The Inspector-General of Taxation’s (IGT) review into the Australian Taxation Office’s (ATO) employer obligations compliance activities was undertaken in response to concerns raised by stakeholders and is based on submissions from a wide range of stakeholders, including employers, workers, superannuation funds and tax practitioners as well as their respective representatives.
Given the Government’s focus on reducing the compliance burden, particularly for small businesses, a number of other reviews, considering various aspects of employer obligations, had already been undertaken prior to this review. The ATO had also embarked on a program of improvements. Accordingly, this review seeks to build on existing or developing ATO practices to enhance the tax and superannuation systems as a whole whilst delivering improvements to all relevant parties.
A key focus of this review was the uncertainty associated with the employee/contractor distinction which can lead to misclassification of workers with adverse impacts for all parties. The ATO’s online Employer/Contractor Decision Tool is a useful aid and the IGT has recommended further improvements to it such as allowing use by workers as well as businesses to better inform them of their relevant obligations. Whilst the ATO has agreed to this recommendation, it has not agreed to the IGT’s recommendation to establish a Voluntary Certification System whereby workers and businesses can seek upfront certainty from the ATO to ensure correct classification of workers at the earliest opportunity and avoid adverse retrospective consequences.
This review has also examined opportunities for reducing compliance costs and improving voluntary compliance. Stakeholders had raised particular concerns with the high costs of complying with the Fringe Benefits Tax (FBT) regime. Accordingly, a recommendation has been made to Government to consider reducing compliance costs in targeted areas in the short-term and conducting a more fundamental review in the longer term. The IGT has also recommended that the Government considers expanding the Taxable Payment Reporting System to the engagement of contractors across all industries and ultimately for the reporting under this system to be automated.
The review has also identified opportunities for the ATO to reduce the FBT and Superannuation Guarantee (SG) compliance burden. The IGT has recommended that the ATO considers developing a capability for the Small Business Superannuation Clearing House to receive electronic and standardised files to remove the need for manual input. Recommendations have also been made for the ATO to publish its areas of FBT compliance focus for each year, provide detailed information on key FBT risks and to increase employers’ awareness of its differentiated approach to non-compliance with SG obligations. The ATO has agreed to these recommendations.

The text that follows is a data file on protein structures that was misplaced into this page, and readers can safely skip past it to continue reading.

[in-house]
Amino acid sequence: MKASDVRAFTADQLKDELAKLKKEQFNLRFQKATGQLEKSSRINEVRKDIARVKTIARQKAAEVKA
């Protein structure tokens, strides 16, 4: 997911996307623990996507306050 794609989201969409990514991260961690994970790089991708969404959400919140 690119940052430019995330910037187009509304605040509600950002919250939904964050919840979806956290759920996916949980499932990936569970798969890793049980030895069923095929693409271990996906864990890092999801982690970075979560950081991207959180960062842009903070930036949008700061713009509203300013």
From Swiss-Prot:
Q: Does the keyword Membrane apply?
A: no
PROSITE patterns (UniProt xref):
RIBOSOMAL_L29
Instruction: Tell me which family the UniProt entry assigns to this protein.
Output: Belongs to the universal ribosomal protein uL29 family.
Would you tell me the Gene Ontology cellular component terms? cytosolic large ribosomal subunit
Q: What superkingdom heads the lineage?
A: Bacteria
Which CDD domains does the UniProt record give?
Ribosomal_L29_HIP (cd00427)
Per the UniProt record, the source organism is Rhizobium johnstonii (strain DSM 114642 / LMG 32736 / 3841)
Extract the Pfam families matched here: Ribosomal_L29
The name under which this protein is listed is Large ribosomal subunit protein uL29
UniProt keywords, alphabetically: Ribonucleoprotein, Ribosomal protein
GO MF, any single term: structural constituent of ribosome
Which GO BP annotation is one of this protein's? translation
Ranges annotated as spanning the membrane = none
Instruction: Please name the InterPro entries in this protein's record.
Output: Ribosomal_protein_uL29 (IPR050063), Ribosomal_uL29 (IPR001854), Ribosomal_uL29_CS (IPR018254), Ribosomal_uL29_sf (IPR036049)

Another source of stakeholder concern explored in this review was the risks and costs associated with the implementation of Single Touch Payroll (STP). The IGT has recommended rigorous testing of third party STP software with certification being provided where all requirements are met. The ATO has agreed to this recommendation. Other STP concerns related to those who may not be able to comply with STP because of, for example, technological challenges in regional areas. The STP legislation specifically provides an exemption and allows the Commissioner to provide further exemptions. Accordingly, the IGT has also recommended that appropriate exemptions be made available in the short-term whilst exploring the possibility of providing low or no cost STP software and alternative methods of electronic access in the long-term as the full benefit of STP will only be realised when all employers comply with it. The ATO has not agreed to this recommendation.
Concerns have also been raised in respect of the ATO’s approach to employer obligations compliance activities, including the ATO’s heavy reliance on reporting by employers and employees to identify non-compliance. A key cause for these concerns is that employers who do not accurately report their obligations may remain undetected and create an uneven playing field. The ATO has acknowledged that there are opportunities to improve its risk identification process. The IGT has, amongst other things, recommended that the ATO analyse the utility of data from third party referrals in order to maximise the use of sources that yield the best results, such as referrals from superannuation funds. The ATO has agreed to this aspect of the recommendation, however, it has not agreed to obtain SuperStream data from superannuation funds for employers who are not required to use STP.
The ATO has also disagreed with a recommendation aimed at enhancing the ATO’s existing capability development framework. This recommendation sought improvements to its training packages, assessment of those staff who undertook such training, monitoring quality assessments to identify training needs and processes for documenting how the law applies to the facts of each case.
Overall, the IGT has made 11 recommendations. Two are directed to Government and nine were directed to the ATO. The ATO has agreed in full or in part with seven recommendations and disagreed with two. The IGT is of the view that the implementation of the agreed recommendations should result in significant improvements. However, given disagreement to some recommendations or parts thereof, the full benefit of this review may not be realised as the recommendations are an integrated package building on the improvements that the ATO has developed or is developing in this area.